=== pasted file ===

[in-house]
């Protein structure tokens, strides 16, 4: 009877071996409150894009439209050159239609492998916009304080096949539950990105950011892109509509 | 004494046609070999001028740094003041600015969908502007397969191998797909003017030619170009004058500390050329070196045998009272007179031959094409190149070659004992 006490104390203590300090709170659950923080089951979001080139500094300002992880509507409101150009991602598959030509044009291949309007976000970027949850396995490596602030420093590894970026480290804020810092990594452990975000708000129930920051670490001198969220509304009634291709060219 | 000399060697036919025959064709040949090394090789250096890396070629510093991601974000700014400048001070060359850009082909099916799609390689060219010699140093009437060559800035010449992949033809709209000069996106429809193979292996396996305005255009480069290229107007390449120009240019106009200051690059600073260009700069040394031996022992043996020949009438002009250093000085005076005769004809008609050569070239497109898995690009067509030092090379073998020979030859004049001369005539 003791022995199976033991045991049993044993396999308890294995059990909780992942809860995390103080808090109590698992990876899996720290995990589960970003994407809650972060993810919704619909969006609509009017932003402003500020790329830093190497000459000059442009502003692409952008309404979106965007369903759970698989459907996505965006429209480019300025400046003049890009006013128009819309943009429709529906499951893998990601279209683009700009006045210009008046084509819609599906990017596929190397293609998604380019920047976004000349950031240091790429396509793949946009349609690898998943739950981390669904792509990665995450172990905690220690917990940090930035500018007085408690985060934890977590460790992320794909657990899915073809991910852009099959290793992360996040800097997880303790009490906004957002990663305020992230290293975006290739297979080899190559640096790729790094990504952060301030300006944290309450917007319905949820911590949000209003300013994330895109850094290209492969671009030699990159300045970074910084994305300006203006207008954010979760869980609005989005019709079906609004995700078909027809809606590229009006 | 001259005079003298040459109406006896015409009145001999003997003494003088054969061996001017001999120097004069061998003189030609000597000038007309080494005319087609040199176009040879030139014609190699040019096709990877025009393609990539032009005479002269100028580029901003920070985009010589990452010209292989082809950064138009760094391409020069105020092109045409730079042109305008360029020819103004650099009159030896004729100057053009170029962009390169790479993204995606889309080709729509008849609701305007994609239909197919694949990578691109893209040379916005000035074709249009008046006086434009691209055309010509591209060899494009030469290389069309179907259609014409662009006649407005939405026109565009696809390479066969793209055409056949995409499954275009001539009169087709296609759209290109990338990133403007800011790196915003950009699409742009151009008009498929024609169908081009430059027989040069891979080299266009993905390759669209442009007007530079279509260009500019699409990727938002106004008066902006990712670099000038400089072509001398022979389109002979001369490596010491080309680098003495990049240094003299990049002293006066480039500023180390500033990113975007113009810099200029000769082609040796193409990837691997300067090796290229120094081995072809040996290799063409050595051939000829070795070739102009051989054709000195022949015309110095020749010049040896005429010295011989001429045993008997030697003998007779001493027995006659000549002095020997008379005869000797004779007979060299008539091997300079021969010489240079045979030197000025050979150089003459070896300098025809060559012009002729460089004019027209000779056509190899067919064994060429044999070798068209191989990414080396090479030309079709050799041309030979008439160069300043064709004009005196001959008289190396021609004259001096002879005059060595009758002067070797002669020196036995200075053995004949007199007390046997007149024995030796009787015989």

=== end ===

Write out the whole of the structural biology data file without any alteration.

[in-house]
């Protein structure tokens, strides 16, 4: 009877071996409150894009439209050159239609492998916009304080096949539950990105950011892109509509 | 004494046609070999001028740094003041600015969908502007397969191998797909003017030619170009004058500390050329070196045998009272007179031959094409190149070659004992 006490104390203590300090709170659950923080089951979001080139500094300002992880509507409101150009991602598959030509044009291949309007976000970027949850396995490596602030420093590894970026480290804020810092990594452990975000708000129930920051670490001198969220509304009634291709060219 | 000399060697036919025959064709040949090394090789250096890396070629510093991601974000700014400048001070060359850009082909099916799609390689060219010699140093009437060559800035010449992949033809709209000069996106429809193979292996396996305005255009480069290229107007390449120009240019106009200051690059600073260009700069040394031996022992043996020949009438002009250093000085005076005769004809008609050569070239497109898995690009067509030092090379073998020979030859004049001369005539 003791022995199976033991045991049993044993396999308890294995059990909780992942809860995390103080808090109590698992990876899996720290995990589960970003994407809650972060993810919704619909969006609509009017932003402003500020790329830093190497000459000059442009502003692409952008309404979106965007369903759970698989459907996505965006429209480019300025400046003049890009006013128009819309943009429709529906499951893998990601279209683009700009006045210009008046084509819609599906990017596929190397293609998604380019920047976004000349950031240091790429396509793949946009349609690898998943739950981390669904792509990665995450172990905690220690917990940090930035500018007085408690985060934890977590460790992320794909657990899915073809991910852009099959290793992360996040800097997880303790009490906004957002990663305020992230290293975006290739297979080899190559640096790729790094990504952060301030300006944290309450917007319905949820911590949000209003300013994330895109850094290209492969671009030699990159300045970074910084994305300006203006207008954010979760869980609005989005019709079906609004995700078909027809809606590229009006 | 001259005079003298040459109406006896015409009145001999003997003494003088054969061996001017001999120097004069061998003189030609000597000038007309080494005319087609040199176009040879030139014609190699040019096709990877025009393609990539032009005479002269100028580029901003920070985009010589990452010209292989082809950064138009760094391409020069105020092109045409730079042109305008360029020819103004650099009159030896004729100057053009170029962009390169790479993204995606889309080709729509008849609701305007994609239909197919694949990578691109893209040379916005000035074709249009008046006086434009691209055309010509591209060899494009030469290389069309179907259609014409662009006649407005939405026109565009696809390479066969793209055409056949995409499954275009001539009169087709296609759209290109990338990133403007800011790196915003950009699409742009151009008009498929024609169908081009430059027989040069891979080299266009993905390759669209442009007007530079279509260009500019699409990727938002106004008066902006990712670099000038400089072509001398022979389109002979001369490596010491080309680098003495990049240094003299990049002293006066480039500023180390500033990113975007113009810099200029000769082609040796193409990837691997300067090796290229120094081995072809040996290799063409050595051939000829070795070739102009051989054709000195022949015309110095020749010049040896005429010295011989001429045993008997030697003998007779001493027995006659000549002095020997008379005869000797004779007979060299008539091997300079021969010489240079045979030197000025050979150089003459070896300098025809060559012009002729460089004019027209000779056509190899067919064994060429044999070798068209191989990414080396090479030309079709050799041309030979008439160069300043064709004009005196001959008289190396021609004259001096002879005059060595009758002067070797002669020196036995200075053995004949007199007390046997007149024995030796009787015989």